Fig. 4: Endocyclic olefin 1 transfer-dehydroaromatization.
figure 4

a Cyclohexenes. b Heterosubstituted rings. c Dienes. d Fused rings. e Trisubstituted alkenes. Standard conditions: The olefin (0.25 mmol), L4/PdCl2 catalyst (0.025 mmol), HSi(OEt)3 (0.0375 mmol), and R1 (0.5 mmol) were stirred in 2 mL of THF for 24 hrs at r.t. except if otherwise indicated. The yields of 2 and 2:3 (shown in parentheses) were determined by 1H NMR (average of two runs). a48 h; bas determined by GCMS (see the Supplementary Information for details); cthe standard condition shown in Fig. 5 was used; dpoor material balance due to a low b.p.; econversion, 1o: 83; 47; 100%; 1p-q: 25; 75; 89%; f50 °C.

The key advantage of our protocol is the use of logical combinations of NHC, X (e.g., TFA/Cl) and R to adapt to the structural characteristics of the substrate. Thus, a wide range of challenging alkenes can be used rather easily by simple modifications of the standard protocol. For instance, the relative hydropalladation efficiency between R and the substrates can be fine-tuned by a suitable choice and quantity of R. This selection can be guided by the literature on standard cross-hydroalkenylation (e.g., styrene is a better olefin acceptor than α-olefin in Ni(II)H-catalyzed cross-hydroalkenylation due to benzylic stabilization)36,51,59, thereby alleviating problems such as the low conversion and 2:3 ratio caused by the stabilization of the Pd(II) center after undesired hydropalladations at benzylic or tertiary carbon positions. Replacing R1 in the aforementioned standard protocol with aromatic olefin R4 and electronically activated trisubstituted olefin R8 (mesityl oxide, which is an inexpensive, low-boiling-point, and activated trisubstituted olefin that is removable by vacuum) restored the high 2:3 ratio and reactivity at 50 °C by reacting a fused aromatic olefin and a trisubstituted olefin with L1 (Fig. 4d, e, 1o, 1p, and 1q). Replacing R1 with R8 in the initial condition including L1 resulted in a larger reduction of 1a (2a:3a = 71:29 vs. 96:4 in Table 1, Entry 11 vs. Entry 1), showing that R8 is a less effective hydropalladation substrate than the disubstituted alkene 1a; thus, it is unlikely that the successful result shown in Fig. 4e involved a tri-to-disubstituted olefin isomerization (2:3 = 90:10) mechanism.

One of the most remarkable aspects of this discovery is the ability of the NHC-Pd hydride to facilitate both olefin isomerization and TDHA in one pot for a suitably chosen R. The DH of 4-vinylcyclohexene has often been reported to produce a mixture of styrene and ethylbenzene in low yield and with low selectivity (41% and 14%, respectively)24. Our dual-function catalytic system limits undesired disproportionation, enables chain-walking alkene isomerization, and expands the substrate scope to many exocyclic olefins with diverse structural characteristics (Fig. 5). In general, reasonably high yield and selectivity were achieved using L1/Pd(TFA)2/HBpin/R8 at 50 °C instead of L1/PdCl2/HSi(OEt)3, probably by altering the isomerization reactivity. Exocyclic olefins with diverse structural characteristics, e.g., methylene-, vinyl- and allyl-olefins with different degrees of substitution, including tri-/tetra-substituted olefins generated by chain walking, are all compatible (Fig. 5a). R4 was used (Fig. 5b) rather than R1 and R8 to address a similar challenge related to aromatic substituents, as previously discussed (1o in Fig. 4d), to produce fused (hetero)arenes in both a high yield and 2′:3′ ratio, as predicted. Remarkably, as suggested by the R8 structural features, this method is also applicable to certain exocyclic α,β-conjugated carbonyl systems by disrupting the conjugation (Fig. 5c). This ability is expected to be useful in combination with [(allyl)Pd(II)Cl]2-catalyzed α,β-DH of an ester/amide60,61 system to develop a one-pot synthesis of an aromatic product under appropriate conditions. Moreover, the good functional group tolerance of the system is maintained. Substituents such as OH, COOMe, and CONHEt were found to be compatible, and no trans-esterification was observed (1′s, 1′r, and 1′n in Fig. 5c). However, the 2′:3′ ratio decreased when tBu was replaced with a Ph group, showing that the decrease in the 2:3 ratio in the Ph case was likely caused by styrenyl formation (1′p and 1′q in Fig. 5c vs. 1o in Fig. 4d) and not steric hindrance. R8 is an optimal R group for both trisubstituted endocyclic olefins and exocyclic systems. This result suggests that trisubstituted olefin is a common starting point for the desired TDHA. However, the generally higher yield and 2′:3′ ratio obtained from conjugated systems indicate that the carbonyl group may offer a more acidic allyl CH for direct activation. In addition to substituted methylene-cycloalkane structures accessible via typical 1,6-diene cycloisomerization, unsymmetrical 1,7-diene/diyne cycloisomerization products are also effective substrates for this system at 70 °C (Fig. 5d).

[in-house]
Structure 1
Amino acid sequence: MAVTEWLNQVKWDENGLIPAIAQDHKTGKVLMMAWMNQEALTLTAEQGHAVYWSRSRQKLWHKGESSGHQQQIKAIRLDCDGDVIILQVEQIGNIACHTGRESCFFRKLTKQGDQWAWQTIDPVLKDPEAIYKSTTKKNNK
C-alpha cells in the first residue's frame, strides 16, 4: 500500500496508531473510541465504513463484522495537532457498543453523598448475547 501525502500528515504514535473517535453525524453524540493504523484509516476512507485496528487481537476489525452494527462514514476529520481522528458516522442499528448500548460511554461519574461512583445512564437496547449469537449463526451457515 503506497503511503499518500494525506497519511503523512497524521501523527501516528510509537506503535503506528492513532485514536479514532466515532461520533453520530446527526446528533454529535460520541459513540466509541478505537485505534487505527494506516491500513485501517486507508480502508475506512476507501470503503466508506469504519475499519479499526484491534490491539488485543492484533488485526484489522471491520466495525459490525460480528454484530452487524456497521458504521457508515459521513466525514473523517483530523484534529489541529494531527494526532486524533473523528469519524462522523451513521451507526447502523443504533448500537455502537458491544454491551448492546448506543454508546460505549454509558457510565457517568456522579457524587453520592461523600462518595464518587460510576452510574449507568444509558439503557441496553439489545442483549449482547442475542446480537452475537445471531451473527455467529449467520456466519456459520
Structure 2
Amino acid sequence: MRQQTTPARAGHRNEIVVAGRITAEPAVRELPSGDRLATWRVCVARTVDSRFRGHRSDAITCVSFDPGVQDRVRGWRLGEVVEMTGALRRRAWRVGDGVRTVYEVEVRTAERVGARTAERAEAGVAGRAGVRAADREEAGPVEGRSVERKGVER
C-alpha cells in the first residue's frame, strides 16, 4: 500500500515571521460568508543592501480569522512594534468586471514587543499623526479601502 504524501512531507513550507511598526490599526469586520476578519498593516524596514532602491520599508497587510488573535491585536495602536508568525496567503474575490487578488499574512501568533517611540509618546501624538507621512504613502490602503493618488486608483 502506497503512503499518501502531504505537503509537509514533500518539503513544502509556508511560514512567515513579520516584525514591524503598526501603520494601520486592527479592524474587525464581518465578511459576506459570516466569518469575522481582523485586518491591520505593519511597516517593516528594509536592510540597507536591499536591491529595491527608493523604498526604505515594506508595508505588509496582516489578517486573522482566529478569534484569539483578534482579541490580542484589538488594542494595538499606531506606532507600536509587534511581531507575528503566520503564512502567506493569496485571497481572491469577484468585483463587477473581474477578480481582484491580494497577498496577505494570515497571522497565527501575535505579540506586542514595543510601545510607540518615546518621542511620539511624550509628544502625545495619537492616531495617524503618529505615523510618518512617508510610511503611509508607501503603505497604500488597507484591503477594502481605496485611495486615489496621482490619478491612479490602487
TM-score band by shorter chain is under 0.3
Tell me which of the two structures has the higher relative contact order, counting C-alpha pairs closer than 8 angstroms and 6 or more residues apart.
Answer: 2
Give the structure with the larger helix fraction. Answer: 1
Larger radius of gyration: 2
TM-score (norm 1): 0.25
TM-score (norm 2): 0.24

Fig. 5: Exocyclic olefin 1′ transfer-dehydroaromatization.
figure 5

a Aliphatic exocyclic olefins. b Fused aromatic rings. c Exo-conjugated systems. d Unsymmetric cycloisomerization products. Standard conditions: The olefin (0.25 mmol), L1/Pd(TFA)2 catalyst (0.025 mmol), HBpin (0.0375 mmol), and R8 (0.5 mmol) were stirred in 2 mL of THF for 24 h at 50 °C, unless otherwise indicated. The yields of 2 and 2:3 (shown in parentheses) were determined by 1H NMR (as the average of two runs). a48 h; bas determined by GCMS (see the Supplementary Information for details); c60 °C; d2.5 equiv. of R1; eOther products are from olefin isomerization; f3 equiv. of R8; g70 °C; hwith a 9% aromatic product without OH.